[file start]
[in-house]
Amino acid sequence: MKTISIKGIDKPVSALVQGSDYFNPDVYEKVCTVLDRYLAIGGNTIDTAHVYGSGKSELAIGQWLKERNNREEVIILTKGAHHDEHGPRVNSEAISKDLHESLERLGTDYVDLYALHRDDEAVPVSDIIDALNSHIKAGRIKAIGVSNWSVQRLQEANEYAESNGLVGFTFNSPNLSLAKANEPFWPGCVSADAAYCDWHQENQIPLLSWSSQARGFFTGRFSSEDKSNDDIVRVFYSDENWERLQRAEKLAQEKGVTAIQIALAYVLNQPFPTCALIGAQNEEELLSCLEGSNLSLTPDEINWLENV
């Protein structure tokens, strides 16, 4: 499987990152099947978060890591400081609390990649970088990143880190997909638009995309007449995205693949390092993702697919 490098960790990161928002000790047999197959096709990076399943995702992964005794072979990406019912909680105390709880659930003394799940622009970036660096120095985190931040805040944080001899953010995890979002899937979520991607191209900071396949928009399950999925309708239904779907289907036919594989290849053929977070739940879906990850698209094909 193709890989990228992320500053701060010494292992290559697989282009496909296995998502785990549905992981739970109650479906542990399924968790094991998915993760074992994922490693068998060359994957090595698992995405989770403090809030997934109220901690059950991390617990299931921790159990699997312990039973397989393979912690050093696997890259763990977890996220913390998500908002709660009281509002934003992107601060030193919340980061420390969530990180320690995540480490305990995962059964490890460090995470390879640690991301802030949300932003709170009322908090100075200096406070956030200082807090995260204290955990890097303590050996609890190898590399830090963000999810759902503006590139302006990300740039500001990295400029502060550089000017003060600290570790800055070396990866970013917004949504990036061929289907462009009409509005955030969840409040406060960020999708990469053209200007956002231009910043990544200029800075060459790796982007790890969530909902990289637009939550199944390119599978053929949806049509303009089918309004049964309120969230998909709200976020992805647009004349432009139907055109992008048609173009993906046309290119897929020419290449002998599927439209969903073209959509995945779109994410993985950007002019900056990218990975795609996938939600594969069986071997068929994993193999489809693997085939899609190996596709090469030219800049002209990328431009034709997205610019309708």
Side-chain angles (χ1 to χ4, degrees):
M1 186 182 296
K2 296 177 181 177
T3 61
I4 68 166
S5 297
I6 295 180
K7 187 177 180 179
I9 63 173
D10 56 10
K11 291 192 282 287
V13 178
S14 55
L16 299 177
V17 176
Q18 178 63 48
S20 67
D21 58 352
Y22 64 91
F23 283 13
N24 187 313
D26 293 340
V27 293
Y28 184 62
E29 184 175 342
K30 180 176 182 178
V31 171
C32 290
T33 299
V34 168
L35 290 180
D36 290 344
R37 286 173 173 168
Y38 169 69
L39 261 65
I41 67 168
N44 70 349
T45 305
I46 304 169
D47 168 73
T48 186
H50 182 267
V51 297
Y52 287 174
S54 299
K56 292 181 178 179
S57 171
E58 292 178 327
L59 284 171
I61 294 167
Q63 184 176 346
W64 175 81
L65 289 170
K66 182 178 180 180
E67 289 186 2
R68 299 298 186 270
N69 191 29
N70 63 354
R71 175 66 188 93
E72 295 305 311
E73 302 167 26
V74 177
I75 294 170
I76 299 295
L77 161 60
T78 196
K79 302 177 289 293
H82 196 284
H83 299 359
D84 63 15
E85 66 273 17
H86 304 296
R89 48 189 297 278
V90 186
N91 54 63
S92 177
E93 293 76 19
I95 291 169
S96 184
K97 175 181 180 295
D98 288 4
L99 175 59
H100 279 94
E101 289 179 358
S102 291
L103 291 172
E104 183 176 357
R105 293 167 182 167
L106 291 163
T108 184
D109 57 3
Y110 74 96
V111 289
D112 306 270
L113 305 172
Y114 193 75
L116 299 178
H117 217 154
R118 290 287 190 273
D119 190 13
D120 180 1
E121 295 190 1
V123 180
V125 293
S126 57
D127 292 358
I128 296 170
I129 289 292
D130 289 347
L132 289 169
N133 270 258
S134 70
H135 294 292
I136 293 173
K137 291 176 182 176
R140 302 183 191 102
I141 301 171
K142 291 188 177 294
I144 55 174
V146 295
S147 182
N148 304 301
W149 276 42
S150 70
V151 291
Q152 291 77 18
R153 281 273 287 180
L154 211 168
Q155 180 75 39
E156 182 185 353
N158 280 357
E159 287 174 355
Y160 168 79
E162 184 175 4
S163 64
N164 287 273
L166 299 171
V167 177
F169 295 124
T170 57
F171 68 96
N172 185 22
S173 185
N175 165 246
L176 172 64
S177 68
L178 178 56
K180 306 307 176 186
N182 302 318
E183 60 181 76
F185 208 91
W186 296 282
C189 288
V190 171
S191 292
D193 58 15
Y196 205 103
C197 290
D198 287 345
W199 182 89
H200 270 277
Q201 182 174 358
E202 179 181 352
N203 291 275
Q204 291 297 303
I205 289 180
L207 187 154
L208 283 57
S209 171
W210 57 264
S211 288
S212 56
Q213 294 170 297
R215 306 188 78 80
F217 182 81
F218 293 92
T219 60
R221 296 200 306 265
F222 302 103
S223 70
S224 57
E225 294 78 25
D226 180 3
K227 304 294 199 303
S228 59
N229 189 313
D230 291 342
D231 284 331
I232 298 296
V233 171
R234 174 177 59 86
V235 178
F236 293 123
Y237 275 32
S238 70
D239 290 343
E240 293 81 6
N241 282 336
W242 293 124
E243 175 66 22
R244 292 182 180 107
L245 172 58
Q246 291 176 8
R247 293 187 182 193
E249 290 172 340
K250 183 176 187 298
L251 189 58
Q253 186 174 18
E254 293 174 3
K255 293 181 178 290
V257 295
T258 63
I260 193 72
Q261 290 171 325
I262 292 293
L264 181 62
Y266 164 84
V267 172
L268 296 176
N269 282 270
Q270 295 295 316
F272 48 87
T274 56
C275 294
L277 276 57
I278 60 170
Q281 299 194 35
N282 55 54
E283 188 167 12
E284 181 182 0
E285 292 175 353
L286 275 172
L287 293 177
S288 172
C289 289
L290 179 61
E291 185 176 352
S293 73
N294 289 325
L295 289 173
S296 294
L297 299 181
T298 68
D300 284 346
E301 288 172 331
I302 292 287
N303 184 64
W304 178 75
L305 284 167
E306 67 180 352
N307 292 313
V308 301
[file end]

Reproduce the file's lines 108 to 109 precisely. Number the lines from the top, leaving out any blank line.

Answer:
S126 57
D127 292 358